We march and sit in order of seniority - I'm on the front row now! - and I usually maneuver things so that I sit between two of my long-term colleagues. One teaches many of the seniors in his history electives, and has clear-eyed observations on them. The other is dean of students and, thus, knows most of them. I know almost all of the graduates, as most have to use the library at some point in their careers. But there are always a few that are total strangers to me. So it's fun to exchange remarks with these friends as the grads march across the stage to collect their diplomas. (Oh, you think we're just watching enraptured? Hardly!) Some of my favorite quips from today

"Oh, that kid totally sucks."
"He has a really hot mom. She's wearing a cheetah-print outfit today"
"Boy, he's so lucky to graduate. I mean, really really lucky"
"I find him quite intellectually arrogant"
"Why doesn't he have socks on?"
On a set of triplets: "Amazing. They got one brain split three ways"
"They ought to just label those two the "Lax Bros"

One of the most unusual highlights was the speech from our Board chair. He called his speech "Beer and Tequila shooters" - and was a caution about using fake i.d.s to purchase alcohol. He said he didn't support the 21-year-old limit on drinking, but it is the law, so don't use a fake id. His remarks included this gem: "Remember. Nothing good happens after midnight"

It did have an affect on me - I came home and made a pitcher of margaritas!


Saturday, May 01, 2010

How to prevent mosquito bites

So, I've often wondered why I don't get bitten by mosquitoes. No, I mean really - they will attack everyone around me, yet leave me untouched. I have been told it's because I'm not sweet (me??), but scientists have begun investigating just why mosquitoes are more attracted to some people. According to this report:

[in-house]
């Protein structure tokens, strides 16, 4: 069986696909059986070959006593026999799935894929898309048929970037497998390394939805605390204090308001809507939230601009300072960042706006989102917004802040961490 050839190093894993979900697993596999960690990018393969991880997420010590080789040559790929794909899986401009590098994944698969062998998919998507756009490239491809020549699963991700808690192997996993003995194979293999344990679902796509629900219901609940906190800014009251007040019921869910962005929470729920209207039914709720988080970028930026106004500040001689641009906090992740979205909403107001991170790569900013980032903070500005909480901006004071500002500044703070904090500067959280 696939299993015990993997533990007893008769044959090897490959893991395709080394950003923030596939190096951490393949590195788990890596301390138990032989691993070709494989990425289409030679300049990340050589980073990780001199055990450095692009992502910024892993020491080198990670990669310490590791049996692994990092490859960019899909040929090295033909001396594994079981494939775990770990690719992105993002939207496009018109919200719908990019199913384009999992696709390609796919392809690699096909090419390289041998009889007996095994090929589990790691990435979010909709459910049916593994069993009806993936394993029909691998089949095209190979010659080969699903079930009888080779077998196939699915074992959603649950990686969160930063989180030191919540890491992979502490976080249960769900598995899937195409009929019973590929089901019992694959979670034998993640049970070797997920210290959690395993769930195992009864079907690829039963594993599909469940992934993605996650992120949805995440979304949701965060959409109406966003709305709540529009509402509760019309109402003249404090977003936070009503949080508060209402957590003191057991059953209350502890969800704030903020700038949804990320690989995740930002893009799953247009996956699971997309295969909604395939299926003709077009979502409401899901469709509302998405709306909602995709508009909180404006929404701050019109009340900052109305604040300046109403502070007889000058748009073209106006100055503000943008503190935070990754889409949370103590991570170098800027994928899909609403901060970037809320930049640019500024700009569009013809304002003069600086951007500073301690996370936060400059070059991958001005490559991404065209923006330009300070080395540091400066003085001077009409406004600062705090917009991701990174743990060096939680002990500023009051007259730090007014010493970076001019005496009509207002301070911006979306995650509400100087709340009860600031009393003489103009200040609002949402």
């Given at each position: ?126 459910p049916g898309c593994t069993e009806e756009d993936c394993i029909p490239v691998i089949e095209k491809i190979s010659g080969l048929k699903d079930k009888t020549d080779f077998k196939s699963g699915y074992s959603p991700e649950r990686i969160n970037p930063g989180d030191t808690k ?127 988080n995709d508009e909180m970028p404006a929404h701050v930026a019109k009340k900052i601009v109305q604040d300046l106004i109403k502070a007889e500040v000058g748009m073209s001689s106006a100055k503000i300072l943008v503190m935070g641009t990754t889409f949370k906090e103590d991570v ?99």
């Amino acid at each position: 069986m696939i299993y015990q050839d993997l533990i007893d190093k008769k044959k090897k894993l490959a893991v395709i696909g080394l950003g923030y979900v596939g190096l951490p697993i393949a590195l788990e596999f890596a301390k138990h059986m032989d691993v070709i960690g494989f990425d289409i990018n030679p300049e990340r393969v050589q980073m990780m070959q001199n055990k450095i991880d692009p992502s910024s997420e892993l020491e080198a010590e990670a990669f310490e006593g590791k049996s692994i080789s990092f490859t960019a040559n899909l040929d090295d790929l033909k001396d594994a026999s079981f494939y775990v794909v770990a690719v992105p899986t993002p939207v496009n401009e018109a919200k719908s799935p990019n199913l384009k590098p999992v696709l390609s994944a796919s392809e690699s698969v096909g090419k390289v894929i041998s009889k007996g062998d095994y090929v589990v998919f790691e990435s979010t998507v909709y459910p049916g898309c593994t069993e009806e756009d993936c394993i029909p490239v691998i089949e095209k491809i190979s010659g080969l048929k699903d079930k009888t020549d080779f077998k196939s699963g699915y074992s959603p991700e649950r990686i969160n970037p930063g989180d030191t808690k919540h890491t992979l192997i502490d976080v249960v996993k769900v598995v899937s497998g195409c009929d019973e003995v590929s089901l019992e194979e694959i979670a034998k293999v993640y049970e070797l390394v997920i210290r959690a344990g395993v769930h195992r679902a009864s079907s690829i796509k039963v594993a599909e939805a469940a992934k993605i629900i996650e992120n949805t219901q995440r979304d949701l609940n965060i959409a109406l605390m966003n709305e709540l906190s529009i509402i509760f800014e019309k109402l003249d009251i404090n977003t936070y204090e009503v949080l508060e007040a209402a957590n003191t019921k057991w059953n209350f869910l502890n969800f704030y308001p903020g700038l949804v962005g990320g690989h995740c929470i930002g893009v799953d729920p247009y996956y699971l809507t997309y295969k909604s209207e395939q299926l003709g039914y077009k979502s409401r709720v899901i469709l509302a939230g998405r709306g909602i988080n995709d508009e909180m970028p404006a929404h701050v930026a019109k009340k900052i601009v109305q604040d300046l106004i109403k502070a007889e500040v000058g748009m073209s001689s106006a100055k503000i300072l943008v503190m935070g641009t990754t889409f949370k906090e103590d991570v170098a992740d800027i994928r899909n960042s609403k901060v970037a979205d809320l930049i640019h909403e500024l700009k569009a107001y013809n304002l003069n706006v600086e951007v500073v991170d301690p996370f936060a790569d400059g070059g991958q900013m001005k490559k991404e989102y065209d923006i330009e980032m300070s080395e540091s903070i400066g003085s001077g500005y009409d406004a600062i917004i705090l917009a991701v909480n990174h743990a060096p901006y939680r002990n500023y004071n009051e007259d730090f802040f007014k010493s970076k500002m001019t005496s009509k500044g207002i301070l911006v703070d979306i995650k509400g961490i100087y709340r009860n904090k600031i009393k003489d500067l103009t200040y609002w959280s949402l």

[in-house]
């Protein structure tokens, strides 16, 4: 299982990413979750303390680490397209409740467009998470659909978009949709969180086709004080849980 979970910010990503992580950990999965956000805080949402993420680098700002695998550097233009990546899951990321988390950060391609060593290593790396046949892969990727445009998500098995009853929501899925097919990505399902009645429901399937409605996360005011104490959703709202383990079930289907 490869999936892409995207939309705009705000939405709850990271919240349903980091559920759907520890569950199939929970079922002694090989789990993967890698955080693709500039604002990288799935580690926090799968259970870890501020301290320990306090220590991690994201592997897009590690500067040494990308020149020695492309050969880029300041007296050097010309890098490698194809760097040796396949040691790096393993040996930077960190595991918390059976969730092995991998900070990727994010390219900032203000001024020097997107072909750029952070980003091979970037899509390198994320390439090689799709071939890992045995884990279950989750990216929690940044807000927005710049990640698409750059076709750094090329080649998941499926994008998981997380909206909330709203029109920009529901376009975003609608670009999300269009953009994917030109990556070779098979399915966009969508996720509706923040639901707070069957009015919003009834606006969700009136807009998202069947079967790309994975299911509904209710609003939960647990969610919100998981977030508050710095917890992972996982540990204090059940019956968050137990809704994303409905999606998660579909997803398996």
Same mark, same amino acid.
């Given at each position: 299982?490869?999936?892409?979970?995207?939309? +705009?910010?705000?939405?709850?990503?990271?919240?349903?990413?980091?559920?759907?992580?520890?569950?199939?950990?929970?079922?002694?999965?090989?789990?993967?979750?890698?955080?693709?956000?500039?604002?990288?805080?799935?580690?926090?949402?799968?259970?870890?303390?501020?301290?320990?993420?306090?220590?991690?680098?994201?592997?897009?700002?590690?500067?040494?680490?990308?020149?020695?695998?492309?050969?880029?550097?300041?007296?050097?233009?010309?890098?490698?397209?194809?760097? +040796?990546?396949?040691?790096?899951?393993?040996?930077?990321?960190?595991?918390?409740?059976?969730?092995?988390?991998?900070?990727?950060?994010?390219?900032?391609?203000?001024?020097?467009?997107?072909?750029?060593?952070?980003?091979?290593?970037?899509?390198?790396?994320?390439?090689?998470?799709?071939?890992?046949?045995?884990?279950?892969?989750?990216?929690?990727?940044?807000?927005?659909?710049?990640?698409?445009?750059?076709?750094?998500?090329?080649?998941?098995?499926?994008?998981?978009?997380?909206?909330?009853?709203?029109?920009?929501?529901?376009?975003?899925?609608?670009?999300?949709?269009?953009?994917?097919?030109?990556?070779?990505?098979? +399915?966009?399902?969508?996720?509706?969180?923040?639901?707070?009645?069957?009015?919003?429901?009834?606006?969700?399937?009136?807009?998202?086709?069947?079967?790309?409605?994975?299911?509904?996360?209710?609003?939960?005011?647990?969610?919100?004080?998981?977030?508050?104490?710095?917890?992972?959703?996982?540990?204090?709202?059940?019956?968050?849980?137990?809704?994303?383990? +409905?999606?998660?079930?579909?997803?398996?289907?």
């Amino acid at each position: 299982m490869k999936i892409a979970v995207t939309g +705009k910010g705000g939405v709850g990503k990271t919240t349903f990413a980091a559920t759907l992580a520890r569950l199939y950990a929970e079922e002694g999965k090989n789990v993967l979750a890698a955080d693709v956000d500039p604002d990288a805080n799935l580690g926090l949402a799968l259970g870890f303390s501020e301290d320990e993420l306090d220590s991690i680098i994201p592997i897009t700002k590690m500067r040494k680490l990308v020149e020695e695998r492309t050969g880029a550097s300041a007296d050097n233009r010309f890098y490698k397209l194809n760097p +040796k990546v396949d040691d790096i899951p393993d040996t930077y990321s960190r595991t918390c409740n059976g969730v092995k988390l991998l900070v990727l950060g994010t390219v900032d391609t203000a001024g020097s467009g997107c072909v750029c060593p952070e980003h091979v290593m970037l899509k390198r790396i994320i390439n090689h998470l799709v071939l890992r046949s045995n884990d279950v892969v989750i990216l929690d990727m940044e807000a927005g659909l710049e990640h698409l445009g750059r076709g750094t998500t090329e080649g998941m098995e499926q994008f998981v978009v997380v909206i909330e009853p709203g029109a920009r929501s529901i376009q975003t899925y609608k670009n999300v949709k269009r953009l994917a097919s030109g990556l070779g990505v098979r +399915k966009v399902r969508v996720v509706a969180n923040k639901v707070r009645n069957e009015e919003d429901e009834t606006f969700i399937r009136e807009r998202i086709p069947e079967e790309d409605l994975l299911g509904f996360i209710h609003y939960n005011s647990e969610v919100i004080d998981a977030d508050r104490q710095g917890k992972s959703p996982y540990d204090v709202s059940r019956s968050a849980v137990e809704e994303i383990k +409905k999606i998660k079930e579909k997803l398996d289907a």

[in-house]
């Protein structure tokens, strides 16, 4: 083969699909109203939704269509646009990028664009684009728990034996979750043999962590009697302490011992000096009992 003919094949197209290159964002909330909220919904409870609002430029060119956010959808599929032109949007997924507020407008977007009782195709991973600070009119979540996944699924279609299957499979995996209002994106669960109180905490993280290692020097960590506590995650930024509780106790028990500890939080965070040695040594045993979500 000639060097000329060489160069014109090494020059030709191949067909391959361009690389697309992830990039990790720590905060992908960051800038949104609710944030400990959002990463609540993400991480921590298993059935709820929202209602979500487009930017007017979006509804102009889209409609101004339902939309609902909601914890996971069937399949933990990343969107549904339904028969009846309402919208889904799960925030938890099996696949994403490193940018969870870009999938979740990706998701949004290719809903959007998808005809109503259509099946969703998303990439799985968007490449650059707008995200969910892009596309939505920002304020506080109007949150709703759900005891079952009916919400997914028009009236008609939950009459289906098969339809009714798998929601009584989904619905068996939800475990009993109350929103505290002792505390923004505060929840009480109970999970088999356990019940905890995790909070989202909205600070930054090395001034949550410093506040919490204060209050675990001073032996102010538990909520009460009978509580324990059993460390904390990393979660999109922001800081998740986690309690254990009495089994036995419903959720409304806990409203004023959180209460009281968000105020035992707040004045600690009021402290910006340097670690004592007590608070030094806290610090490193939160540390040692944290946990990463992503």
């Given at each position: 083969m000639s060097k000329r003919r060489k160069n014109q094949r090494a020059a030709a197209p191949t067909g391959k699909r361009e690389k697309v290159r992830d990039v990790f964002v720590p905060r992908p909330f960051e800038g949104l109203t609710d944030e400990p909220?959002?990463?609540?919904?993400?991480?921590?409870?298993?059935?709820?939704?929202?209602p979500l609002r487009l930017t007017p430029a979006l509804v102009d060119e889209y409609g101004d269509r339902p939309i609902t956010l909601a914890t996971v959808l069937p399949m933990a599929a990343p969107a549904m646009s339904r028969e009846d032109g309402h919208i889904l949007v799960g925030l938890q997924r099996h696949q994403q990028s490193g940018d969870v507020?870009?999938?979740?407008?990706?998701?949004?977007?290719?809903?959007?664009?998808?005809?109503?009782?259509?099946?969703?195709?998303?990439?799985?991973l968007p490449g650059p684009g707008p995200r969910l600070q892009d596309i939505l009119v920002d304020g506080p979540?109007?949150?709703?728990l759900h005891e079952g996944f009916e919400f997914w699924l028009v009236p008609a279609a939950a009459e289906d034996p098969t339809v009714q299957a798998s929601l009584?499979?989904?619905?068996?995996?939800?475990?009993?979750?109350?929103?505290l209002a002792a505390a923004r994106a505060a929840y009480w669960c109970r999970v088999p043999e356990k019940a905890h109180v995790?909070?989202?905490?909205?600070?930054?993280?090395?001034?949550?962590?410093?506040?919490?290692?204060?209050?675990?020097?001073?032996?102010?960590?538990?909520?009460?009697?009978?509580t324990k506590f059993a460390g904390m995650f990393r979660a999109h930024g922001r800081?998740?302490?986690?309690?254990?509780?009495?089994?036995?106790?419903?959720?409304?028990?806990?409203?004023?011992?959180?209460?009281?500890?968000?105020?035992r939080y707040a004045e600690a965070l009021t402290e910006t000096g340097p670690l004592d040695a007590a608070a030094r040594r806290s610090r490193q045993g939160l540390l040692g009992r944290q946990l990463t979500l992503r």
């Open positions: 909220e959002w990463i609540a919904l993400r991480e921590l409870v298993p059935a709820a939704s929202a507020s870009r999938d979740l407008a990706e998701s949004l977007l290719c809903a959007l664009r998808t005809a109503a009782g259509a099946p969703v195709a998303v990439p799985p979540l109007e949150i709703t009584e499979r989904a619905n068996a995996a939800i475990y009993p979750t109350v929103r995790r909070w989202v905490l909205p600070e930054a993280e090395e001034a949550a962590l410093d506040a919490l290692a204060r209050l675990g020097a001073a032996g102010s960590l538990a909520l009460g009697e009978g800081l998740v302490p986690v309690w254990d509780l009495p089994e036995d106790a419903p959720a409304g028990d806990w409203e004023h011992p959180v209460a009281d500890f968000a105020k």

Some scientists suggest that certain characteristics attract mosquitoes, thereby leading us to have more bites than others. Some of the top candidates: the amount of carbon dioxide in the breath, pregnancy, body temperature, alcohol and odorant markers based on blood type.

But, I think I've found a more likely culprit: quinine. Quinine is used in the treatment of malaria (which is, of course, carried by mosquitoes.)In fact, legend has it that it was the British who first introduced quinine into tonic water during their period of occupancy in India in order to keep their soldiers healthy. And those wily Brits then invented the gin and tonic. Refreshing, alcoholic AND medicinal!

So, I was interested to come across this recent study:

Taste aversion to quinine in mosquitoes: The taste of human skin surely influences whether a mosquito will bite and take a blood meal, but little is known about the taste world of mosquitoes, the major carrier of malaria. Our study tested the taste response of mosquitoes to the bitter compound quinine. The researchers measured the amount of sugar water mosquitoes drank while taste receptors on their feet were stimulated with quinine. Quinine decreased the amount that the mosquitoes drank. Knowing what does not taste good to mosquitoes could help us inhibit the spread of malaria by finding ways to make human skin distasteful. Funded by the Gates Foundation GCE

Now, my friends know that I love my vodka tonics. Perhaps the quinine has built up in my system, and now my skin tastes like it to mosquitoes. Hence, I never get bit!

So, drink up! It will save you from mosquito bites!